Robert M Rioux, Ajay Sathe, Zhifeng Chen, Pennsylvania State University, University Park, PA
The use of reagents sensitive to oxidation or moisture necessitates the use of air-free techniques. A Schlenk line is a routinely used glass apparatus to perform air and moisture free manipulations in a chemical laboratory1. The Schlenk line is widely utilized by many chemists since it allows them conduct air or water sensitive reactions even without the expense and restriction of a glove box. The Schlenk line can be configured to inert gas atmosphere such as Nitrogen and Argon or expose the glassware to vacuum. Another way to achieve an air and moisture free environment involves the use of a glovebox. The major difference between a Schlenk line and a glove box is that purge and refill applies directly to the reaction vessels, whereas purge and refill applies to the airlock instead of the glovebox. Besides, in a glovebox, conventional laboratory equipment can be set up with a large inert space, however gloves have to be used to handle the experiment and the glovebox itself is also expensive.
A Schlenk line consists of two glass tubes connected using several ports. One of the tubes is connected to a source of vacuum, and the other is connected to an inert gas (typically nitrogen, but other inert gases can be used). The ports connecting the two tubes are equipped with two way valves which allow for the selection of either vacuum or inert gas atmosphere at the port outlet. A liquid seal is used at the end of the inert gas tube, to maintain the inert atmosphere in the event of backflow while refilling evacuated glassware.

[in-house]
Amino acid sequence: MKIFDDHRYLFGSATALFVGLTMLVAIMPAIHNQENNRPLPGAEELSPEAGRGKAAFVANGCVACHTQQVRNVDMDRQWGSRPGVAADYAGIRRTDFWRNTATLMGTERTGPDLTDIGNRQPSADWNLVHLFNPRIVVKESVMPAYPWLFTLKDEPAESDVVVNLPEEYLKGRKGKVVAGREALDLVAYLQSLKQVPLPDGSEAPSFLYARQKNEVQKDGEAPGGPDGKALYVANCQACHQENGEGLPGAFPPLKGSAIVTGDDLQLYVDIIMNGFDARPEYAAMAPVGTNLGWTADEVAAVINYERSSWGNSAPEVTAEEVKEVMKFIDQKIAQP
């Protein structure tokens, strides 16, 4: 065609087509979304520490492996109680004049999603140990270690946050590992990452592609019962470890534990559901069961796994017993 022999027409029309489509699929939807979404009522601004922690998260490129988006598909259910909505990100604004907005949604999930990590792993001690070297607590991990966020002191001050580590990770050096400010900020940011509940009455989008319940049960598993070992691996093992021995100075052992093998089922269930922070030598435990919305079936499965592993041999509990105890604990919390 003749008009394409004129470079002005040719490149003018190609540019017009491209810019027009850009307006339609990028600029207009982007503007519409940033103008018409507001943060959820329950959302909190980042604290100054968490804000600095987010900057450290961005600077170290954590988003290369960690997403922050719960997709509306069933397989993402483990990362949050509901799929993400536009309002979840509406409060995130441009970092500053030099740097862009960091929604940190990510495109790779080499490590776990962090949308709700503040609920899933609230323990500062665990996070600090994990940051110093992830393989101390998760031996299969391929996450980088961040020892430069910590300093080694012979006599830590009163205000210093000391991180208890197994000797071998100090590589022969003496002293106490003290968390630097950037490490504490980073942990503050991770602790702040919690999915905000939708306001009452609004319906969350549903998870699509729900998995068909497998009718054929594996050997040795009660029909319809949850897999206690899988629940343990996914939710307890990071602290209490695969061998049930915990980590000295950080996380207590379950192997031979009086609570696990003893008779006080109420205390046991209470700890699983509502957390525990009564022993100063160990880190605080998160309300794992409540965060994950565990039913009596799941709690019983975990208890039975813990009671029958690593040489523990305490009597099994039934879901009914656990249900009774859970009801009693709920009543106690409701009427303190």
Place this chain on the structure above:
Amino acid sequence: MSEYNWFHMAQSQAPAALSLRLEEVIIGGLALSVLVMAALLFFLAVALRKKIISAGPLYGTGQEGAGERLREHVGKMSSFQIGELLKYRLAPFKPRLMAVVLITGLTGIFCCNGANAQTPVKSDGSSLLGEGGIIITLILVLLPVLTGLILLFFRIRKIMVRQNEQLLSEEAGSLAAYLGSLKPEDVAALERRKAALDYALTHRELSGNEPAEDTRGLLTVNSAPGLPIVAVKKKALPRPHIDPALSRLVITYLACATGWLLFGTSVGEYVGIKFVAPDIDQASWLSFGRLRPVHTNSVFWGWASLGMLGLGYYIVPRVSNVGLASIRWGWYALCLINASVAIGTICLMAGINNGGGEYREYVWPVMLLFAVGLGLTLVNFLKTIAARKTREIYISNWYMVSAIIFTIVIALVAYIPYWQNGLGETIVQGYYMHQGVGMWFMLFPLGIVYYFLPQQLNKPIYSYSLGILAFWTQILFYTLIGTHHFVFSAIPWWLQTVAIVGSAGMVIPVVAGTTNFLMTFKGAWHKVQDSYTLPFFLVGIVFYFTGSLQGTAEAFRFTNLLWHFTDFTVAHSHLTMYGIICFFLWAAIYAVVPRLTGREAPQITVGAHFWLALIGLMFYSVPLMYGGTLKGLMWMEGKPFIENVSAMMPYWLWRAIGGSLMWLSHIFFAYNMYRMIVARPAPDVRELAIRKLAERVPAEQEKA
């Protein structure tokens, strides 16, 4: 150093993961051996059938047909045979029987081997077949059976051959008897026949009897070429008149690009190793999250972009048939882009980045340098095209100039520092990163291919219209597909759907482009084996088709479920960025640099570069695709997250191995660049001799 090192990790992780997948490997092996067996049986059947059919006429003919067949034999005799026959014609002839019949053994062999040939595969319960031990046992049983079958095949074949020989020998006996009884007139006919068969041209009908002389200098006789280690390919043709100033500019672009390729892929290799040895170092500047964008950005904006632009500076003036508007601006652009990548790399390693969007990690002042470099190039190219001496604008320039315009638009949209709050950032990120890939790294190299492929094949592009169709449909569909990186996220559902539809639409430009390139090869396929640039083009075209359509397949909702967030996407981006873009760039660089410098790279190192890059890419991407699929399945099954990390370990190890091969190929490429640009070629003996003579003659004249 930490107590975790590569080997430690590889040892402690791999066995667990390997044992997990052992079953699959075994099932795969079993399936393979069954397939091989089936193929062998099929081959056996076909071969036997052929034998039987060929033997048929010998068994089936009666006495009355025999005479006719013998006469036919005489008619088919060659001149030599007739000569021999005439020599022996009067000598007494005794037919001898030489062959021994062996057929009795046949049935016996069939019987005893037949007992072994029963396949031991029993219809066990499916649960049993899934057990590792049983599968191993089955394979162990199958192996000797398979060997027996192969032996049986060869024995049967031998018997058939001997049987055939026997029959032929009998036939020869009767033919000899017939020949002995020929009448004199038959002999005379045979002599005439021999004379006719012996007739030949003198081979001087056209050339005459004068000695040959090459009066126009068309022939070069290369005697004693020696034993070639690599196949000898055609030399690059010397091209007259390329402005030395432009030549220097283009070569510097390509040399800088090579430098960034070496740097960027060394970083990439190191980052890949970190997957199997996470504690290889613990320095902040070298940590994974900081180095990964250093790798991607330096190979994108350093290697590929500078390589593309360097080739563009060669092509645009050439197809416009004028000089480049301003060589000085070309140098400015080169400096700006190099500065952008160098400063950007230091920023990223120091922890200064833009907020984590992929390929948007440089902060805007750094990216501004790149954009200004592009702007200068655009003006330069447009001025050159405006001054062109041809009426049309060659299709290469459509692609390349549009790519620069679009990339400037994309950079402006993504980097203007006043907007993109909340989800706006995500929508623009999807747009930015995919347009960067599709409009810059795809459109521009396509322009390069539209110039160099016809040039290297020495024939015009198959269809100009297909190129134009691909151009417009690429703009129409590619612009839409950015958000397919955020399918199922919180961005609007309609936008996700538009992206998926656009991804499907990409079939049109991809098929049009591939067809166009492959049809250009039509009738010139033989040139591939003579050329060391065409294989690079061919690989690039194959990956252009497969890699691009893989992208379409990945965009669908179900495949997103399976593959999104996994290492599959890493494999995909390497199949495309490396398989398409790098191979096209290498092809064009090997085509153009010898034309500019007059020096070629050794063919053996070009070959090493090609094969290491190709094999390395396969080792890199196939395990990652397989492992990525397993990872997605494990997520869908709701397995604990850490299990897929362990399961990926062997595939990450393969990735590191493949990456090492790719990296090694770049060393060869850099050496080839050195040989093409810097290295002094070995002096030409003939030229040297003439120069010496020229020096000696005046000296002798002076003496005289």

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1. General procedure for carrying out a reaction under an inert atmosphere
- Evacuating the glassware
- Start the vacuum pump and fill the dewar flask in which the schlenk line trap is immersed in with liquid nitrogen.
- Use oven dried or flame dried glassware to ensure that there is no residual moisture adsorbed on the walls of the glassware.
- Seal the flask using either ground glass adapters, or rubber septa. It is highly recommended that vacuum grease is used to avoid seizing of the ground glass joints.
- Connect the sealed glassware to the Schlenk line using an appropriate adapter/connection.
- Turn the two-way valve to open the line to vacuum.
- Evacuate the system and let the flask cool to room temperature
- Purging with inert gas